Hitting the pavement
I’ve started something new: running. I can’t tell you how new this is to me. Well, I guess I can try. I was a deeply unathletic child. Kids in third grade made fun of the way I ran in PE class, so I responded by skipping, which I knew I was very, very good at since I frequently won gold in the “50-meter skip” Olympic event I held in my own head, while commentators noted my perfect form and stag-like, leaping style.
I’m sure you can imagine how well the skipping was received.
The message I got—the mental note I made—was that really using my body wasn’t for me. The Olympics and everything things else would stay contained safely in my head. To be fair to my classmates, I was already a bookworm with a strong disinclination toward the physical. But the jeering didn’t help. I adopted an attitude one might call, “The Pretentious Non-Athelete.”
As a result, I have run a full mile exactly once in my life. I was 12-years-old, and my PE class went outside to “run the U,” a dirt road that passed my tiny, country school, curved at the bottom of the hill and came back into town, making a mile-long loop. I usually approached the U as a potential torture device I would have no part of. I started at a brisk jog to avoid completely demoralizing our pretty, young PE teacher, but slowed to a walk before reaching the curve since it was obvious to me and everyone else that I would never finish anyway. It didn’t occur to me that running part of the way might be something I could build on a little each day.
But for some reason, one day I didn’t stop. I passed my friends and kept going, chugging along beside Amanda Lacy, our class’s best athlete, to the very last step. I’ll never forget how proud and surprised Mrs. Whetzal was to see me. Amanda said, “I don’t know why I went so slow today. I’m not feeling that great.” But in truth, she was kind, and the fact that she ran beside me instead of passing me was probably the only reason I finished.
The very same thing—the companion effect —was the little push I needed to start my current campaign. I was already contemplating a Couch-to-5K program of some kind after noticing my nice Brooks were getting more than a little worn on the bottom. I bought them over a year ago when Jeff was working at a high-end running store in Oklahoma City, and despite stressing to Jeff at the time that I planned to walk in my Brooks, I feel really bad that I have almost used up a pair of expensive running shoes without actually running. So when Tobia suggested we start a running program together, I finally decided it was time. I downloaded the 5K Runner app, and we chatted through our first session, which I think amounted to jogging for a combined total of 5 or 6 minutes.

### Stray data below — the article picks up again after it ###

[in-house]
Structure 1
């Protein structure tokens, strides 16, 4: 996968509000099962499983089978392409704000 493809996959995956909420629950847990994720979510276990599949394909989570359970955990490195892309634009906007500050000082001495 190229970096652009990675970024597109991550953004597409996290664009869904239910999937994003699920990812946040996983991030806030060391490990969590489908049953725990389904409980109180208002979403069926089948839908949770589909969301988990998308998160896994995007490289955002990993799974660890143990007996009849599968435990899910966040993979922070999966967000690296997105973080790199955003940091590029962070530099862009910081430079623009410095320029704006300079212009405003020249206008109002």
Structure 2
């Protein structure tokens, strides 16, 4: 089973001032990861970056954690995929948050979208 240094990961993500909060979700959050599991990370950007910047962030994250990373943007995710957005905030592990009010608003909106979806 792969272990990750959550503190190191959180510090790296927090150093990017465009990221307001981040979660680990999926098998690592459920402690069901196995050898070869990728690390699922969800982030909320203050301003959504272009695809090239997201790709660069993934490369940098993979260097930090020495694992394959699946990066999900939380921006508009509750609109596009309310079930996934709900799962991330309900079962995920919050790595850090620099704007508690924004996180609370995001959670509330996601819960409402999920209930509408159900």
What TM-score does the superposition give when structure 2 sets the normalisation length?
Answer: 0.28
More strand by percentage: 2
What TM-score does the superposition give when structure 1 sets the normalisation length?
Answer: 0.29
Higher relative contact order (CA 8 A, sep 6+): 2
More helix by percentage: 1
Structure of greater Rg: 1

Unfortunately, Tobia is on a medical leave from running at the moment, and for a few days after our first outing I focused mostly on the carb loading stage of running and neglected the act itself. But having jogged on my own a couple more times now, I think it might actually be something I can do. The app is helpful, finally demonstrating the lesson I never got in PE class, which is that effort does count for something, and that, minus a serious medical condition, it is highly probable I will continue to improve. I actually don’t really care if I ever complete the app and run 5K—I will be happy if I can just keep running on a regular basis without absolutely hating it.
There is one thing spurring me on, and since I have run on about three occasions, I feel qualified to let you in on this little insider’s tip: When you run, you get places faster. Groundbreaking! You can thank me later.